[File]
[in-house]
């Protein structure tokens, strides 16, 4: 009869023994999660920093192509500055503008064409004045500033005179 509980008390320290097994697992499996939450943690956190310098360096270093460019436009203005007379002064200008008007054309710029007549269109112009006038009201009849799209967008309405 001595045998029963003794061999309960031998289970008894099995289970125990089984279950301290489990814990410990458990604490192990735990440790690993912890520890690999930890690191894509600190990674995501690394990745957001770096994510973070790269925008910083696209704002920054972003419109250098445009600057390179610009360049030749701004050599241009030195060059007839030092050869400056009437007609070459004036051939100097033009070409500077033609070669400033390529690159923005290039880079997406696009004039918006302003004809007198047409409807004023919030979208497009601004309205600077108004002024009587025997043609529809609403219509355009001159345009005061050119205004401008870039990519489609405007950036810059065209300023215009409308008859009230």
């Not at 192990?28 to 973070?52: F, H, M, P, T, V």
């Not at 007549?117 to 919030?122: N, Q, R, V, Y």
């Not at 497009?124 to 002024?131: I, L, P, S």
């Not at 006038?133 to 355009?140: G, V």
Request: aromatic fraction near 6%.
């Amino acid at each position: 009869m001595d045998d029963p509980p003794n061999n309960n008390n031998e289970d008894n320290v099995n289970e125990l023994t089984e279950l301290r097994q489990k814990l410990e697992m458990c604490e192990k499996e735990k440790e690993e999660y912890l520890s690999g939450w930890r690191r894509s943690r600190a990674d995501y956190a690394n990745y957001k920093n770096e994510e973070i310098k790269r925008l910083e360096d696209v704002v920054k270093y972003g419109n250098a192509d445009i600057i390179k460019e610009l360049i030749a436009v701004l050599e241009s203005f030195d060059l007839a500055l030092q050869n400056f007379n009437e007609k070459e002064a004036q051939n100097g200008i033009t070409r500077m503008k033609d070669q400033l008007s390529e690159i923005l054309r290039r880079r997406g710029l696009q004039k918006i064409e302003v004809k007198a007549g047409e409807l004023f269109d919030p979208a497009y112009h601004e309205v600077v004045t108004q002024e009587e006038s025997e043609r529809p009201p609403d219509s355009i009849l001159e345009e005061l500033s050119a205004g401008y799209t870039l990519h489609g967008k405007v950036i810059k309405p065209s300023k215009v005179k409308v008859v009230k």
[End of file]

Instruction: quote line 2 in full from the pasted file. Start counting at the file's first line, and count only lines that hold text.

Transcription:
């Protein structure tokens, strides 16, 4: 009869023994999660920093192509500055503008064409004045500033005179 509980008390320290097994697992499996939450943690956190310098360096270093460019436009203005007379002064200008008007054309710029007549269109112009006038009201009849799209967008309405 001595045998029963003794061999309960031998289970008894099995289970125990089984279950301290489990814990410990458990604490192990735990440790690993912890520890690999930890690191894509600190990674995501690394990745957001770096994510973070790269925008910083696209704002920054972003419109250098445009600057390179610009360049030749701004050599241009030195060059007839030092050869400056009437007609070459004036051939100097033009070409500077033609070669400033390529690159923005290039880079997406696009004039918006302003004809007198047409409807004023919030979208497009601004309205600077108004002024009587025997043609529809609403219509355009001159345009005061050119205004401008870039990519489609405007950036810059065209300023215009409308008859009230």